The 'loess' conditions of climate seem to be coincident with the earliest Acheulean stations in Germany, such as Sablon.
By accenting the height of the ridges the loess also adds to the scenery of the county.
A disadvantage of the loess lies in the readiness with which it washes.
In Europe and in the Americas, accumulations of loess are generally from 20 to 30 meters thick.
At this time some excavations were being made in the loess in Rock Island, when some rains fell in the late fall.
Many thousands of square miles of northern China are covered with loess.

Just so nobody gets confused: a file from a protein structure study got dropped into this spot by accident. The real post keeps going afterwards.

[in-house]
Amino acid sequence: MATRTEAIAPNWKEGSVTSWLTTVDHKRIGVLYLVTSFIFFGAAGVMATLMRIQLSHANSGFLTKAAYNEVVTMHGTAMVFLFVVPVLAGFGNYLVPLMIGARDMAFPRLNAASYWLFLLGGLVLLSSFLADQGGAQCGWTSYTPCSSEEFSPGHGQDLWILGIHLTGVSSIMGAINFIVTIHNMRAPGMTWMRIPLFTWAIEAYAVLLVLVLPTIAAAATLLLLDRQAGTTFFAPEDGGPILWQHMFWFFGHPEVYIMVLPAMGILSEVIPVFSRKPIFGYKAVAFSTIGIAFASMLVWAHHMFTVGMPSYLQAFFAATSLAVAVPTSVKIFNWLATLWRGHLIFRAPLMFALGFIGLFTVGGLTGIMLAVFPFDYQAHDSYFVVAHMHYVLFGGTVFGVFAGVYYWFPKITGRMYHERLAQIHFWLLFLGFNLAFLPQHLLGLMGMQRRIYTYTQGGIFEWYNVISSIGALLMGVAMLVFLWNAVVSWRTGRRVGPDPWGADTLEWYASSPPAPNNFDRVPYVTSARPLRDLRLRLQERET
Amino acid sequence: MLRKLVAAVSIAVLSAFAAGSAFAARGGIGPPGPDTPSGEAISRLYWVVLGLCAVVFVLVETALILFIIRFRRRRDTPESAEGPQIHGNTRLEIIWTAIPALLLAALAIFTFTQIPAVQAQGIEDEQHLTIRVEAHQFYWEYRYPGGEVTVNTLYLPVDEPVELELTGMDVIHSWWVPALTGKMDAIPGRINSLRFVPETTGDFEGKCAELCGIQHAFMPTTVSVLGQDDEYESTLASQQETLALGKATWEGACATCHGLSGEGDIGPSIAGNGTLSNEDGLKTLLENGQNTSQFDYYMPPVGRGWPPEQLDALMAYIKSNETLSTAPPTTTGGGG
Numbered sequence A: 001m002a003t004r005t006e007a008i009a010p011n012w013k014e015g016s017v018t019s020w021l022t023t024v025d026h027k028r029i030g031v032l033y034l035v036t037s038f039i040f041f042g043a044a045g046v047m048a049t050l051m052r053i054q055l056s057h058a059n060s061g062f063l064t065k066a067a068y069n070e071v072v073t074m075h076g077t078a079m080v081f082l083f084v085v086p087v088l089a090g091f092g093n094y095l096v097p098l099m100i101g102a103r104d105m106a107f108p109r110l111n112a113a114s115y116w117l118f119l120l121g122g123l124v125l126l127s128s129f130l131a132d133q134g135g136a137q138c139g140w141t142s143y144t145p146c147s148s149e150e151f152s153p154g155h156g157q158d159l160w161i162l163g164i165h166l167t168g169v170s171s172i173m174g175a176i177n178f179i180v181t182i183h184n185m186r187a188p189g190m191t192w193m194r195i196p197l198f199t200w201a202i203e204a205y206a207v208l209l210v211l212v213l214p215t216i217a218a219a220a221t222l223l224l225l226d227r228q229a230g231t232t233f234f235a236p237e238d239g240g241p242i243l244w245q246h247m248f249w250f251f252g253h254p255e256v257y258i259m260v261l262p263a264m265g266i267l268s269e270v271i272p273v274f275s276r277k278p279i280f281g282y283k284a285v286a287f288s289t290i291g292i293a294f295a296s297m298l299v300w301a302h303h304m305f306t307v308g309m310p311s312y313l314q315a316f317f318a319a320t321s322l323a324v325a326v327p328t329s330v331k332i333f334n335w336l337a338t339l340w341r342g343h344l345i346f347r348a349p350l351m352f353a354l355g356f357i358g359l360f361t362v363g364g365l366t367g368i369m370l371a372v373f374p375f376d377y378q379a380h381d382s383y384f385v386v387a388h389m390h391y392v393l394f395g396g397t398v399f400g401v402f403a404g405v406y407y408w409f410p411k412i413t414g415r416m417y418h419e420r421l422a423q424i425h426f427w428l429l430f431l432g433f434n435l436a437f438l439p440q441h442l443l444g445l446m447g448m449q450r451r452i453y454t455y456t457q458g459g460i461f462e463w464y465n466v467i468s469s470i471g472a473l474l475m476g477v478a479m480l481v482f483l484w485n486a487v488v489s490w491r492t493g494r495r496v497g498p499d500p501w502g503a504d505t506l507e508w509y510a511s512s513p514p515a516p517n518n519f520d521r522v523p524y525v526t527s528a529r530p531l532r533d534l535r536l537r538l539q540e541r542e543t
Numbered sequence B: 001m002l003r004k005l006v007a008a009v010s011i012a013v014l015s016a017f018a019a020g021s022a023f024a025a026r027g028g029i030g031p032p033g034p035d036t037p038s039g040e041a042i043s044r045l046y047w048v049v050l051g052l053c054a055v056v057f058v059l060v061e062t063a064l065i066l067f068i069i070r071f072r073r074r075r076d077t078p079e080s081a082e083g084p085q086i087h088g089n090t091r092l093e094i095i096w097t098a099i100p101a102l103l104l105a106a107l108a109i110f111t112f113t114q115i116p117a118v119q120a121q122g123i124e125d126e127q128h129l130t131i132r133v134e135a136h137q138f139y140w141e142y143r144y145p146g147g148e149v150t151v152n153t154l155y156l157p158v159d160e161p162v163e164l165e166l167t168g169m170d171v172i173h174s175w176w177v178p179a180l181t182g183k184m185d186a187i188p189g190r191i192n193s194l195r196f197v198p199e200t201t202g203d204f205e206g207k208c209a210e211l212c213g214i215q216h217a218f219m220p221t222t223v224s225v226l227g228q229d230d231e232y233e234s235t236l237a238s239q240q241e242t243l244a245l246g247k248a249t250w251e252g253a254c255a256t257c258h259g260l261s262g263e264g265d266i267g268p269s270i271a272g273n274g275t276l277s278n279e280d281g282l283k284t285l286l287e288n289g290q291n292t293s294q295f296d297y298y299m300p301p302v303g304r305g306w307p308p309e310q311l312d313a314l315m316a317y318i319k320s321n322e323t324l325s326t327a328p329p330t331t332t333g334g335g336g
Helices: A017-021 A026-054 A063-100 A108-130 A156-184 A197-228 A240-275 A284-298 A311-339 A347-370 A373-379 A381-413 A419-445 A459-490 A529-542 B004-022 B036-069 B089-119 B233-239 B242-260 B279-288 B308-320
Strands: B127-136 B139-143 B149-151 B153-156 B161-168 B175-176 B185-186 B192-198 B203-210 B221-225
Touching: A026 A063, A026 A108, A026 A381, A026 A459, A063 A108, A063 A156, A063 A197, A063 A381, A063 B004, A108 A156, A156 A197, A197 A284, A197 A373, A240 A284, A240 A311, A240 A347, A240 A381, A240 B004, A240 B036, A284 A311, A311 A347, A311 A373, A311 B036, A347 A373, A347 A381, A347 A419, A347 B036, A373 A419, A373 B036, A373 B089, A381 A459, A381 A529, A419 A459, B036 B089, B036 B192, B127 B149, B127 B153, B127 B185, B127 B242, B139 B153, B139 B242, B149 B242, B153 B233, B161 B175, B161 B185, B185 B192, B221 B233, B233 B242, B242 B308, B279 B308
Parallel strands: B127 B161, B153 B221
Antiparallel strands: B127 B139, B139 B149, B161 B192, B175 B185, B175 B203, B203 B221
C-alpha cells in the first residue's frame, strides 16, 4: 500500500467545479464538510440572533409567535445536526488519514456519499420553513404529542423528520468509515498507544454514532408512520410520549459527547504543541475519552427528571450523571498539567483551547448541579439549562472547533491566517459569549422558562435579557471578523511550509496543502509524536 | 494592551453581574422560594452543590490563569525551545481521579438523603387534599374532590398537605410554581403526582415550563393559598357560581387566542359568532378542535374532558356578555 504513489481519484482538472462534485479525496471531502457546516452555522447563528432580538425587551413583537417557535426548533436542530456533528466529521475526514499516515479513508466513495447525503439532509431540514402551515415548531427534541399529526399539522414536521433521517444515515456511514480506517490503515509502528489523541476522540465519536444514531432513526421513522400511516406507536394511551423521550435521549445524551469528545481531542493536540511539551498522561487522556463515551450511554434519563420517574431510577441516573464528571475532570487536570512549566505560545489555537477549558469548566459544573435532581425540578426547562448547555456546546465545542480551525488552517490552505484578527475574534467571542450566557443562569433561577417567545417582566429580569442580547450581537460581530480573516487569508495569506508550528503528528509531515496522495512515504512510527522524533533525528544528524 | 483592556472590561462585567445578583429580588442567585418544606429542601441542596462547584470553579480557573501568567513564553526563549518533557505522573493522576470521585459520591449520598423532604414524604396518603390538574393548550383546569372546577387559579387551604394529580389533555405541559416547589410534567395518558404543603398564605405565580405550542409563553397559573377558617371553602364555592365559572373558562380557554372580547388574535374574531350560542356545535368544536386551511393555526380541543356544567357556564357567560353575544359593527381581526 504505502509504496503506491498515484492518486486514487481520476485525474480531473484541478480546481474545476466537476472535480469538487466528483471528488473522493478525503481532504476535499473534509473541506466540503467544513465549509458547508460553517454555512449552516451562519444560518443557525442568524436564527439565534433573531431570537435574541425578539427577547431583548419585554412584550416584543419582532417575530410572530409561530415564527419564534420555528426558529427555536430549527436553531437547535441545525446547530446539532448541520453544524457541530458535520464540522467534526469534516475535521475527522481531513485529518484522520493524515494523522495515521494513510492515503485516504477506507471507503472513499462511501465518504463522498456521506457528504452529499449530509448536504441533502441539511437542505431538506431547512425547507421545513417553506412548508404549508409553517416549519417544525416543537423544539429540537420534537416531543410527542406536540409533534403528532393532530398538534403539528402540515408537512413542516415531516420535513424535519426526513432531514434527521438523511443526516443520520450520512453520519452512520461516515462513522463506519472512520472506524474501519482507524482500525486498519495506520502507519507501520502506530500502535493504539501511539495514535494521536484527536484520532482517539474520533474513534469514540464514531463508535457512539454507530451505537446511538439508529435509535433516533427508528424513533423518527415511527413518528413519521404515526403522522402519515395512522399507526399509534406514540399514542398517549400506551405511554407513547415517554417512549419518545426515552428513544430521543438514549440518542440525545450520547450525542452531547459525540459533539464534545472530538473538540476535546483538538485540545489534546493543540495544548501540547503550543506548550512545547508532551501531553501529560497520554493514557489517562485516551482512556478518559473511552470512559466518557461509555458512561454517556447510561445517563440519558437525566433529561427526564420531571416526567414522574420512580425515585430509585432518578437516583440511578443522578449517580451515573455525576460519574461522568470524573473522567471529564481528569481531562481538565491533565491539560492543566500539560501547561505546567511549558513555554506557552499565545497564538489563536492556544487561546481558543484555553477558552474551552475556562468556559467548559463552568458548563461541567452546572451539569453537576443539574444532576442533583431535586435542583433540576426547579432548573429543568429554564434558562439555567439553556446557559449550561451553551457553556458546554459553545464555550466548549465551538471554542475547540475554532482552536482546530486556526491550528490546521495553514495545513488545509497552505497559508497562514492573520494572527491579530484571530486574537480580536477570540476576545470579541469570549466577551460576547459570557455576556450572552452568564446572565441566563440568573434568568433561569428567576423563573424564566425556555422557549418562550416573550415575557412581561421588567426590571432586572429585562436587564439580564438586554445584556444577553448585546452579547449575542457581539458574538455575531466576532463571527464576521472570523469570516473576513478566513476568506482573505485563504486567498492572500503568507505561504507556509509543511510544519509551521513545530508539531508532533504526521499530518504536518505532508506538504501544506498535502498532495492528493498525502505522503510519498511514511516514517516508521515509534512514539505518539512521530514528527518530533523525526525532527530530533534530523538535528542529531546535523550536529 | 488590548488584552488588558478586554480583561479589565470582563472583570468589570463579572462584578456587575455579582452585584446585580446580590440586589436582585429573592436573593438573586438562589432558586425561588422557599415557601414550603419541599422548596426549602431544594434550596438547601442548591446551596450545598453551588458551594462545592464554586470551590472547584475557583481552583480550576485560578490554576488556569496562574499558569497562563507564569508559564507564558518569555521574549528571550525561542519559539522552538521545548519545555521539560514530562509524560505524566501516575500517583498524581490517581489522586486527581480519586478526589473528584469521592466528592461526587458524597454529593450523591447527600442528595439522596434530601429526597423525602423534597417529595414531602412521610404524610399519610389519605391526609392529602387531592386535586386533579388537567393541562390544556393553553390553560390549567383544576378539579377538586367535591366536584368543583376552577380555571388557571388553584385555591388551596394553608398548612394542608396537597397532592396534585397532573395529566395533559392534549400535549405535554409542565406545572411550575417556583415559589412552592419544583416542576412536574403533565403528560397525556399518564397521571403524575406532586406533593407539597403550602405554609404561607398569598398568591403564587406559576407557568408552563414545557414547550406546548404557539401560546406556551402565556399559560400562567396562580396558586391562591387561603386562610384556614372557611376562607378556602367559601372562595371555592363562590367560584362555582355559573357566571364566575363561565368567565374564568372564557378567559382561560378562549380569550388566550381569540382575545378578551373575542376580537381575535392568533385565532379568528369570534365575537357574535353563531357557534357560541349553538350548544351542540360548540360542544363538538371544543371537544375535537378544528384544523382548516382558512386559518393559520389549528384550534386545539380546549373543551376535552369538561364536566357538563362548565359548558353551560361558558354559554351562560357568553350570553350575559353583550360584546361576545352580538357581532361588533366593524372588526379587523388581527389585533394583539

In all these features it presents a precise counterpart to the loess of the Mississippi.
Wherever the rainfall is considerable these loess deposits have proved to have a high agricultural value.
Many of the main roads over the loess are altered by the rains.
They were a peaceful folk settling by preference, though not exclusively, in the loess districts, as at Grosgartach.
1833 (in Lyell), "unstratified deposit of loam," coined 1823 by German mineralogist Karl Cäsar von Leonhard (1779-1862) from German Löss "yellowish-gray soil," from Swiss German lösch (adj.) "loose" (cf. German los; see loose). Related: Loessial.